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Case registered 7 months after woman loses baby to torture
 
 
 
Case registered 7 months after woman loses baby to torture

ISLAMABAD - Gone are the days when police used to protect the poor from the wrath of the mightiest: instead police in Pakistan are fast becoming a force that could only dance to the tune of the powerful and wealthy. Be it a big city or countryside, behaviour of police throughout the country is more or less the same. It only works to add to the miseries of people who, unfortunately, look up to the Police Department for justice. And Islamabad police are no exception.
It took seven months for Islamabad Capital Territory police to register an FIR against the accused who had beaten up a pregnant woman until she lost her one-and-half month old baby.
The gruesome incident happened in the heart of Islamabad, the federal capital of Islamic Republic of Pakistan, in June 2013.
Sumera Ashraf, the victim of severe torture, was immediately rushed to a hospital, where doctors could save her life, but not her baby’s. The shocking story did not end here. Dejected over the behavior of male dominant society, the victim reported the incident to the woman police station Islamabad on June 17, 2013.
The victim, who was under the impression that police would immediately help her after listening to her ordeal, was made to wait seven months to register an FIR. For months, the victim has been taking rounds of the police station for registration of an FIR.
“It was Sub-Inspector Gulzar who refused to register an FIR against the accused. I fail to understand why not he entertained the application of the poor lady,” Sub-Inspector Mohammad Ishfaq, who is currently investigating the case, said while talking to The Nation on Sunday.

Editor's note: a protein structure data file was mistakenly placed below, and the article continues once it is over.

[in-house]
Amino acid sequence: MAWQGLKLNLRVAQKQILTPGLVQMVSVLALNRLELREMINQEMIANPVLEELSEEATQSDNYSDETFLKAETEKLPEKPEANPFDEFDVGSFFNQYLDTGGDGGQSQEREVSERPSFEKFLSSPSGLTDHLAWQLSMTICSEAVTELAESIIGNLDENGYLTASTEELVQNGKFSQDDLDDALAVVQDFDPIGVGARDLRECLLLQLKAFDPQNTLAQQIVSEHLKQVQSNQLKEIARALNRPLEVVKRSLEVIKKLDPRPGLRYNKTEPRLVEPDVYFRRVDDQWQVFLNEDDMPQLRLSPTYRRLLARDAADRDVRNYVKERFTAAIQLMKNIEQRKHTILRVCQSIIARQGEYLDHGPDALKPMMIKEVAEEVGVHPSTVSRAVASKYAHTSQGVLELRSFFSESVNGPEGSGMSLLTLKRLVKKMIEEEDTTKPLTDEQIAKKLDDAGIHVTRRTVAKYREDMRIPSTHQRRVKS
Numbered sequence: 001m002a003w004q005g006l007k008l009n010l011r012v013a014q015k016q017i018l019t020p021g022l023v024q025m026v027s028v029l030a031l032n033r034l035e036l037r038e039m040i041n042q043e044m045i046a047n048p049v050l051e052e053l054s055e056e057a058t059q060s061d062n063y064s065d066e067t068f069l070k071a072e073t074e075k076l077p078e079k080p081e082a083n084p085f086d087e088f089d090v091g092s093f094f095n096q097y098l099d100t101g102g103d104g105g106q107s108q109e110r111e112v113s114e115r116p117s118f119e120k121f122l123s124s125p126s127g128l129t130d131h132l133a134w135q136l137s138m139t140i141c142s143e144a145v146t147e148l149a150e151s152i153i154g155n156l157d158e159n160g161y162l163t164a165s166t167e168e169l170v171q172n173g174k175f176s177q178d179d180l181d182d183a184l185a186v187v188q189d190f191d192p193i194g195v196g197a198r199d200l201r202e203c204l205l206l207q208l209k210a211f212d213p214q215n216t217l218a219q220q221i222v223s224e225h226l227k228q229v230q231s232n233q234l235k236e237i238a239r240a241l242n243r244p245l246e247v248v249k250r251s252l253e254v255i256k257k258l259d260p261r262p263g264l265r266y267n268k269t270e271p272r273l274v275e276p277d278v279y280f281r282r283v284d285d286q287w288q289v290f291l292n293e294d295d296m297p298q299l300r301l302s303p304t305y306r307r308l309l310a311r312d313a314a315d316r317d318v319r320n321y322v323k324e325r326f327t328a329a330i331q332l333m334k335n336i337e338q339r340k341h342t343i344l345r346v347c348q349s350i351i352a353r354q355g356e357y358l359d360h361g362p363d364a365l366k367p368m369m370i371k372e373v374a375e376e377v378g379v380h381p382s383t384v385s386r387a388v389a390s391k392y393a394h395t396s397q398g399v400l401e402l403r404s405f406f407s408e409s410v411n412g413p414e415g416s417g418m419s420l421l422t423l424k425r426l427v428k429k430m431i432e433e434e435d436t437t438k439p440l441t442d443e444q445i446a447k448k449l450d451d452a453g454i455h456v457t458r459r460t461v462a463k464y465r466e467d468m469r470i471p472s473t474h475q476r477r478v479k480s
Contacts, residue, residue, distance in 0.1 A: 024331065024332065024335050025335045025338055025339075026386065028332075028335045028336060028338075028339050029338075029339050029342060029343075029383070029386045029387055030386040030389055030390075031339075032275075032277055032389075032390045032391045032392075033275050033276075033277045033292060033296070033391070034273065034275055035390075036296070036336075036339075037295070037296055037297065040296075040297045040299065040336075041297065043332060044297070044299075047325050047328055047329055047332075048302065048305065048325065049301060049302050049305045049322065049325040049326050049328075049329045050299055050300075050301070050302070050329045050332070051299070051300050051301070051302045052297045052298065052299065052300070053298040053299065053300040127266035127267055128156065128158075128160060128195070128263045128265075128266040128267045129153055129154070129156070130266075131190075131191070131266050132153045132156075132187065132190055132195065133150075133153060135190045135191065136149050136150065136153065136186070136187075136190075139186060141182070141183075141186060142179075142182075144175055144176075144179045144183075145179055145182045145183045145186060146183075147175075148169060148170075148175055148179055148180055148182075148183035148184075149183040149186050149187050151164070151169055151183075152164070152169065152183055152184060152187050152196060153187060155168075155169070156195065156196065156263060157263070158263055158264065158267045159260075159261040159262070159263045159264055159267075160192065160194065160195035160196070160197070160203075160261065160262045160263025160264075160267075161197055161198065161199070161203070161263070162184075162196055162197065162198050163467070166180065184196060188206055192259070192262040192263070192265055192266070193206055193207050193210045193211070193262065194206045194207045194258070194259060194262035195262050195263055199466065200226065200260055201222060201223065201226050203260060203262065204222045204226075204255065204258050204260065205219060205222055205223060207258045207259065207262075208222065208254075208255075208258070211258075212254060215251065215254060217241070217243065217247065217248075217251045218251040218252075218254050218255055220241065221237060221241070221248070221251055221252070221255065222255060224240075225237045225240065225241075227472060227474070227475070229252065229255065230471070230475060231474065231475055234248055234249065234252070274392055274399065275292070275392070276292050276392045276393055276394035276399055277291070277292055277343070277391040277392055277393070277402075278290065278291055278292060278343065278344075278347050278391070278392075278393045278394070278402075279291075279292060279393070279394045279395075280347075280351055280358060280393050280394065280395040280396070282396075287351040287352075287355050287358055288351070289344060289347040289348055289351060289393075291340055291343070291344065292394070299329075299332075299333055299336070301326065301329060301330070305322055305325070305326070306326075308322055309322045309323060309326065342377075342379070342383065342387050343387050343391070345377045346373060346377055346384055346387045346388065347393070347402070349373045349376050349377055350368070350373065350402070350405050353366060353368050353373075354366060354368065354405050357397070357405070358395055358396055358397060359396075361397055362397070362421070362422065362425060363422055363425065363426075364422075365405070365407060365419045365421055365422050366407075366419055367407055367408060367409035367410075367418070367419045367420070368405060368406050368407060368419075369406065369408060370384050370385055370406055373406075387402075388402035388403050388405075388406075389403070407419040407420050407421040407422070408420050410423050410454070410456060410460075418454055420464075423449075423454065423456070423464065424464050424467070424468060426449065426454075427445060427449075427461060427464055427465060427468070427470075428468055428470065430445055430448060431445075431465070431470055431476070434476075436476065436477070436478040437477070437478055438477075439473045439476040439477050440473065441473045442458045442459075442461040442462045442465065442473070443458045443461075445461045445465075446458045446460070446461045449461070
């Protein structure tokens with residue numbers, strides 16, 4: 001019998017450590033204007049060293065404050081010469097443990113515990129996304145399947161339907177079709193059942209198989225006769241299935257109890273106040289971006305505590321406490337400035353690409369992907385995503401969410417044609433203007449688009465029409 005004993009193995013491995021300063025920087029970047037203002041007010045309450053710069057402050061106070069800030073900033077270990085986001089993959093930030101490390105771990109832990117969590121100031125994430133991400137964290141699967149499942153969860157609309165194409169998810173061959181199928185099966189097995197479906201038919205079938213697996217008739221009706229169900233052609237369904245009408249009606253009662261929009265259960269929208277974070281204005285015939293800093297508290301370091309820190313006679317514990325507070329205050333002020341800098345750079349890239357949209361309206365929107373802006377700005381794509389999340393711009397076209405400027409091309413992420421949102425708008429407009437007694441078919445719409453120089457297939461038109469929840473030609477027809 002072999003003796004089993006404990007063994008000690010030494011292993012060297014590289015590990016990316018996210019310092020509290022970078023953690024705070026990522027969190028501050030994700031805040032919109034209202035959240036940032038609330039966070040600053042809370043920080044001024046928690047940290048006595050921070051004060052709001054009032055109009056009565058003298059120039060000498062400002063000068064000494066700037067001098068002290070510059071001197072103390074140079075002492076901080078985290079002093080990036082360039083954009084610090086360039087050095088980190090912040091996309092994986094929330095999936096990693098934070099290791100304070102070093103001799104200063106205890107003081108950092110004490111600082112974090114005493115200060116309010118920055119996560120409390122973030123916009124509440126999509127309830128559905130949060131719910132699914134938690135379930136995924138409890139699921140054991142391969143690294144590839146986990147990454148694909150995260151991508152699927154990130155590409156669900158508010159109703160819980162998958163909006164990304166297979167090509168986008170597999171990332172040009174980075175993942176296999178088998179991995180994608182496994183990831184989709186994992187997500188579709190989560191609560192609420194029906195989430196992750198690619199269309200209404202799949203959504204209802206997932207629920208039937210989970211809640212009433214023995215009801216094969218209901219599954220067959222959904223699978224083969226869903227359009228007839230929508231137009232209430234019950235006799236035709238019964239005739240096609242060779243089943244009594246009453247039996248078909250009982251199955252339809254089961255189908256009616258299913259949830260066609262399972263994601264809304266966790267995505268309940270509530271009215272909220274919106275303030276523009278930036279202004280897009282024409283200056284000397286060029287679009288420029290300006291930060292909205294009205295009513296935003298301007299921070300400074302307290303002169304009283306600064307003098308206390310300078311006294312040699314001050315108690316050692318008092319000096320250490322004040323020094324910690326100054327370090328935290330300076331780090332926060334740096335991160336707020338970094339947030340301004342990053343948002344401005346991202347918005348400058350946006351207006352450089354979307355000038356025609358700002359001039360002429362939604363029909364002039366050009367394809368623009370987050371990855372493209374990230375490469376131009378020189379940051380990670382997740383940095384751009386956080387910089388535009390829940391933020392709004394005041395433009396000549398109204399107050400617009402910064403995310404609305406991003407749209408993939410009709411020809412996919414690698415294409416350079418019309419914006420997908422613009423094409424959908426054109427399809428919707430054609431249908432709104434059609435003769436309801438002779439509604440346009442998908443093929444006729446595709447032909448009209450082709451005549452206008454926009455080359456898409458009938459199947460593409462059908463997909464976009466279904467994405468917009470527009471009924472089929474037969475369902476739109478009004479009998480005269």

According to the investigation officer, it all happened on June 17, 2013; however, police could only register the case on February 02.
Giving details of the horrible incident, the investigation officer said a group of people, including Salamat, Munshi, Adnan and others, barged into the house of Sumera Ashraf, the victim, situated in H-9/2 sector of Islamabad, approached the woman and exchanged words. The group then knocked the woman to the ground, and hit her repeatedly in the stomach. The woman who was one and a half months pregnant lost the baby allegedly due to the torture she was subjected to.
Mohammad Ashfaq, the sub-iInspector, who is investigating the case, believes the accused deliberately attacked the women to kill her baby.
“We are digging deep into the incident. It is still not clear why did they kill the baby. Their move was just to kill the baby,” Ashfaq said.
When asked why did police take seven months to register the case, Ashfaq said it was not him rather Sub-Inspector Gulzar who caused a delay in registration of the FIR.
ASP Zahida Bokhari, sub-divisional police officer and in charge of the woman police station, that kept the victim waiting for seven months for registration of the FIR, refused to accept the responsibility.
“We are here to listen to the plight of people. There has been no delay in registration of an FIR against the accused,” Mi Bokhari told The Nation. She added that a case had been registered against the accused and police teams were after them to get hold of them.
There is no letup in violence against in women in the male dominated society in Pakistan. Case of pregnant woman who lost her baby after a group of people beaten her up in sector H-9/2 is the latest in this series.
Although the woman police station has registered a case under section 352/338-A (ii)34, the victim is hopeless of justice.
“It took seven months for police to register a case against the accused. I’m not sure how long would it take to provide me with justice,” the victim remarked.
Pakistan is one of the worst countries in the world where violence against women has escalated.
Although the number of reported cases of violence against women had decreased, a sharp rise in several forms of extreme violence had been noted, says a report, compiled and made public by the Aurat Foundation in August 2013.
The fifth annual report “Beyond Denial” for 2012 reveals an alarming rise in extreme violence — 144% increase in burning incidents, 89% rise in acid crime, 62% rise in domestic violence and 11% in murder. All the statistics have been compiled from newspapers, with no additional research to crosscheck the figures or put them in perspective.

 
 
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